Skip to main content
Article
Colonial Legacies, Land Policies and the Millennium Development Goals: Lessons from Cameroon and Sierra Leone
Habitat International
  • Ambe J. Njoh, University of South Florida
  • Fenda Akiwumi, University of South Florida
Document Type
Article
Publication Date
4-1-2012
Keywords
  • Cameroon,
  • Colonial land policies,
  • Millennium development goals,
  • Sierra Leone
Digital Object Identifier (DOI)
https://doi.org/10.1016/j.habitatint.2011.08.002
Disciplines
Abstract

This paper undertakes a comparative analysis of the land policies of Cameroon and Sierra Leone and arrives at the following conclusions: 1] the land policies of the two countries embody the politico-administrative philosophies of their erstwhile colonial master nations; 2] despite their marked differences, the policies share some features in common; and 3] land policies are critical in efforts to achieve the millennium development goals (MDGs). The analysis further shows that: 1] the land policy of Sierra appears better positioned than Cameroon’s to guarantee access to land for all as well as ensure environmental sustainability; and 2] Cameroon’s land policy appears to outperform Sierra Leone’s with respect to fulfilling the preconditions for eradicating extreme poverty and hunger by ensuring land tenure security, maintaining uniform land laws, and facilitating land markets.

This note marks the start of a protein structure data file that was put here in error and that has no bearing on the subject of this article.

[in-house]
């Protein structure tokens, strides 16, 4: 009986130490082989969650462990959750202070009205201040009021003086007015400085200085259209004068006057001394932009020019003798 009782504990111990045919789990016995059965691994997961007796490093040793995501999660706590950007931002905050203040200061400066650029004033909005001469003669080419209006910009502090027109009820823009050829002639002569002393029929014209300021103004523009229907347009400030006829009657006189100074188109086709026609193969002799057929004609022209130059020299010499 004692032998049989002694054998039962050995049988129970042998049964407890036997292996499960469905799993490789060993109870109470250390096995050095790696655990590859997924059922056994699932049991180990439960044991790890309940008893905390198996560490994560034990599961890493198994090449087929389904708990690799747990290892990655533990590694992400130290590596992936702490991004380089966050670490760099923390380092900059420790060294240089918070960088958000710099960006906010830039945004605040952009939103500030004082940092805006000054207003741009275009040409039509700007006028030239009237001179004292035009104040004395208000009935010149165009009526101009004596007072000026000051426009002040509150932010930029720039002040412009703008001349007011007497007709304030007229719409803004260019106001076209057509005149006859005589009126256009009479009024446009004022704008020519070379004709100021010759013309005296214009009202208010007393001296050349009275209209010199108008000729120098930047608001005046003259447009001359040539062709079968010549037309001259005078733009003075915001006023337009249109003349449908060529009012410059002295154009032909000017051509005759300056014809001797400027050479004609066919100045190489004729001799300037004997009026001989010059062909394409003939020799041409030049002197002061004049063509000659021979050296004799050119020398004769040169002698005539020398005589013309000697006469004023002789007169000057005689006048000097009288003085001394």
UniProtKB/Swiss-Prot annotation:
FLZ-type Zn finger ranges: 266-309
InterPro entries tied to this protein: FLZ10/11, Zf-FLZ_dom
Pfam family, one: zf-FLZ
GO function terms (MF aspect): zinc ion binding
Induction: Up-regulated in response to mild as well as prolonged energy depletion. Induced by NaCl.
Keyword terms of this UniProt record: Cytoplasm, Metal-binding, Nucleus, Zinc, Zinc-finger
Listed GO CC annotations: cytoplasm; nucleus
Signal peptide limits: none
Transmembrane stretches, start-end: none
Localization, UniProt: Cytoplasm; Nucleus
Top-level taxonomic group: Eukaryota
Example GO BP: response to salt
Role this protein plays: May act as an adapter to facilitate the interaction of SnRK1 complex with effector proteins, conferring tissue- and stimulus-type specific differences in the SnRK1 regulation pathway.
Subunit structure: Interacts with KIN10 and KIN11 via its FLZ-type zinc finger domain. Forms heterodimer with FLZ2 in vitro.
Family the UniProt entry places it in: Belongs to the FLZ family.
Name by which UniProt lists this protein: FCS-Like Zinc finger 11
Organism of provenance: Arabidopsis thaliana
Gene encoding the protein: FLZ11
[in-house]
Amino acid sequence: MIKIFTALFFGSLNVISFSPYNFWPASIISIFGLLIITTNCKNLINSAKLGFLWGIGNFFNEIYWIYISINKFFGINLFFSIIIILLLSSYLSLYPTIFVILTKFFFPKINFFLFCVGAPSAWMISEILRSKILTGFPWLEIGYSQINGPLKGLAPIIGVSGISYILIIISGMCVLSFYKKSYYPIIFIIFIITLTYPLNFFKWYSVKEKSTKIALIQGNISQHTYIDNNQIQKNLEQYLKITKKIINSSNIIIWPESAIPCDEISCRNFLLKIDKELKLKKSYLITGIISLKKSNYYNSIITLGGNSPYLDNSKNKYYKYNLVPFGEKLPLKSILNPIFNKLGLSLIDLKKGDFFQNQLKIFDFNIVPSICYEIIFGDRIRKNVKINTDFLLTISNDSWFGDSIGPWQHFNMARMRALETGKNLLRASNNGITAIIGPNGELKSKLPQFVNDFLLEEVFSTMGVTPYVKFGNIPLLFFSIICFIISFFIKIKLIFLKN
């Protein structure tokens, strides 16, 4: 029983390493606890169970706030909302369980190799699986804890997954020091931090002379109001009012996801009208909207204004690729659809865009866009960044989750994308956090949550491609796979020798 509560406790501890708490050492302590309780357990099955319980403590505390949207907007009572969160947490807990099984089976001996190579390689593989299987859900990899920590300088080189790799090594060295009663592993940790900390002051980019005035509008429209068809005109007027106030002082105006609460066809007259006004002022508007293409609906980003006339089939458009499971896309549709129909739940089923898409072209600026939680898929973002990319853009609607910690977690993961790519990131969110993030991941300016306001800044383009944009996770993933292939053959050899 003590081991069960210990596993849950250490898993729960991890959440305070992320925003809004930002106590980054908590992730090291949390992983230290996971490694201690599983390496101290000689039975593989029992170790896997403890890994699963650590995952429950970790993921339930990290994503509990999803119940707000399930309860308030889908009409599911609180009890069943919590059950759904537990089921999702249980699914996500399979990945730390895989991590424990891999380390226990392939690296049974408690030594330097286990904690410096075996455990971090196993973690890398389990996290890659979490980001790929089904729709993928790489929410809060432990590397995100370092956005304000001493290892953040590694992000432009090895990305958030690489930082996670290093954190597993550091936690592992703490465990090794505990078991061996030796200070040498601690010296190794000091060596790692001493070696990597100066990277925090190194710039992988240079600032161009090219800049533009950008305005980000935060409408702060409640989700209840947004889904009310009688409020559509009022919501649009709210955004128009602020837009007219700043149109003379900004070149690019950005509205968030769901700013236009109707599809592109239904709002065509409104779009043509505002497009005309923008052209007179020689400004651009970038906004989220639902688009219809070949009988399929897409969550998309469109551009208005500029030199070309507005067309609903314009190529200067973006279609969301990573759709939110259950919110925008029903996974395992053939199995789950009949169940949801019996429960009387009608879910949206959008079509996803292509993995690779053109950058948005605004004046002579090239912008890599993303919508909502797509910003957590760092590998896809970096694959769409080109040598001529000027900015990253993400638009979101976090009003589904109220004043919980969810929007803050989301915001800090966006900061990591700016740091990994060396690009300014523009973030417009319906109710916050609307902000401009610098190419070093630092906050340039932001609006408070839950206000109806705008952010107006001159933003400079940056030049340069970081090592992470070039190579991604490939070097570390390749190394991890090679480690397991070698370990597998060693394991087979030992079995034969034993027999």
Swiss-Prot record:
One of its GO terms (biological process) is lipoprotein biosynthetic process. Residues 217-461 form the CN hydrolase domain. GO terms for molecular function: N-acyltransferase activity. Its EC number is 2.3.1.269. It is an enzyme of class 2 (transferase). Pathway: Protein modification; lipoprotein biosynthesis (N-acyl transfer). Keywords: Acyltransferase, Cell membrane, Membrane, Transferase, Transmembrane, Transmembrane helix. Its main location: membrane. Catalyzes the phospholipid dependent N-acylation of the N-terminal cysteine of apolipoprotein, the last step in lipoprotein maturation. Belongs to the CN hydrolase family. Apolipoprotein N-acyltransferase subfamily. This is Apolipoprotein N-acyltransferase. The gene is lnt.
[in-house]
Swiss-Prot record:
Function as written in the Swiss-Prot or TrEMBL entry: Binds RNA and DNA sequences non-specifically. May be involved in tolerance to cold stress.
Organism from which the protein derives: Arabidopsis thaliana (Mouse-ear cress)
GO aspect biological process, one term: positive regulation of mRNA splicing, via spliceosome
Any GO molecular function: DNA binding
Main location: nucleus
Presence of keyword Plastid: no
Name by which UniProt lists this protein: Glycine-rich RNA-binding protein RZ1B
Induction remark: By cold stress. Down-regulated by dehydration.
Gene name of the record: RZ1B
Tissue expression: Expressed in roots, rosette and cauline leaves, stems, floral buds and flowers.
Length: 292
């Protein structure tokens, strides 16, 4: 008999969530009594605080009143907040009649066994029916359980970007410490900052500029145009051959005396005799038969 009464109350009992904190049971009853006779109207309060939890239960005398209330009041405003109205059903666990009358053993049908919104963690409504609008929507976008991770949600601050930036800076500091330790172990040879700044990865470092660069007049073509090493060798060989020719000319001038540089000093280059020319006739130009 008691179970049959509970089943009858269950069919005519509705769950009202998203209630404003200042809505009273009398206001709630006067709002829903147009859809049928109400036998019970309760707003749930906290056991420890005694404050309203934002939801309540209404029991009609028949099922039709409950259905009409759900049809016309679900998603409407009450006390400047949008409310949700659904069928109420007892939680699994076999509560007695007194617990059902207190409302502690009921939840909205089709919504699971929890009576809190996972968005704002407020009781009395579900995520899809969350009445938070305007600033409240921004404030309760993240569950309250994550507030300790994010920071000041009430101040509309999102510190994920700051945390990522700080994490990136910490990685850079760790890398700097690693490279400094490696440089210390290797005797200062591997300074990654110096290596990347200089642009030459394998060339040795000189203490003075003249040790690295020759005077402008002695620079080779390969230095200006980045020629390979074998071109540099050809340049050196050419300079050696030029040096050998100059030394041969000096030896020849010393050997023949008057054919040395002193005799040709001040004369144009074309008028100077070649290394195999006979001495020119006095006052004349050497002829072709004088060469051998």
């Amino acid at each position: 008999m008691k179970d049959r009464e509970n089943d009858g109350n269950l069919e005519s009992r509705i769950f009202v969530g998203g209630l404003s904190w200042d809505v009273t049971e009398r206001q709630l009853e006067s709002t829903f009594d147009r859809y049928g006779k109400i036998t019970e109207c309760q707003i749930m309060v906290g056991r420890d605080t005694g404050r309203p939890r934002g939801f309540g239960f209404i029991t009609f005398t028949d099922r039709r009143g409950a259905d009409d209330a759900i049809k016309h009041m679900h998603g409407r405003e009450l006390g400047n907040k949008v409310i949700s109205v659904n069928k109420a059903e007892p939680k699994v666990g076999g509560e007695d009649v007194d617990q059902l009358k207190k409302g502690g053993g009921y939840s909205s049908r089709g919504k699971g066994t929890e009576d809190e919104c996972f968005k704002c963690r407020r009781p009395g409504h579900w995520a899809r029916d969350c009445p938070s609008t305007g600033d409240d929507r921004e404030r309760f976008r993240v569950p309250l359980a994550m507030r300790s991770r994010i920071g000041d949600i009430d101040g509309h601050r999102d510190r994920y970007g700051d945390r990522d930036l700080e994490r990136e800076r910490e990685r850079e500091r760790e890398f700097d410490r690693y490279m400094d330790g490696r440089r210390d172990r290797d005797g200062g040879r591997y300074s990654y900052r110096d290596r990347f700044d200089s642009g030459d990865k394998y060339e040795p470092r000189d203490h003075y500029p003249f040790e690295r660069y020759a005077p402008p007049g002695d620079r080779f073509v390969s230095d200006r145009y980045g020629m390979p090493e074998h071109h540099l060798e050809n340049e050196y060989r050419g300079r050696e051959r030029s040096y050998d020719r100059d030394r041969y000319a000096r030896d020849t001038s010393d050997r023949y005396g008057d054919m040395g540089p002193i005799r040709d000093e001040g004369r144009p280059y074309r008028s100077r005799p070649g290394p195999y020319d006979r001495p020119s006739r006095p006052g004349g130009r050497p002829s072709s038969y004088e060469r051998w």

Citation / Publisher Attribution

Habitat International, v. 36, issue 2, p. 201-218

Citation Information
Ambe J. Njoh and Fenda Akiwumi. "Colonial Legacies, Land Policies and the Millennium Development Goals: Lessons from Cameroon and Sierra Leone" Habitat International Vol. 36 Iss. 2 (2012) p. 210 - 218
Available at: http://works.bepress.com/fenda-akiwumi/11/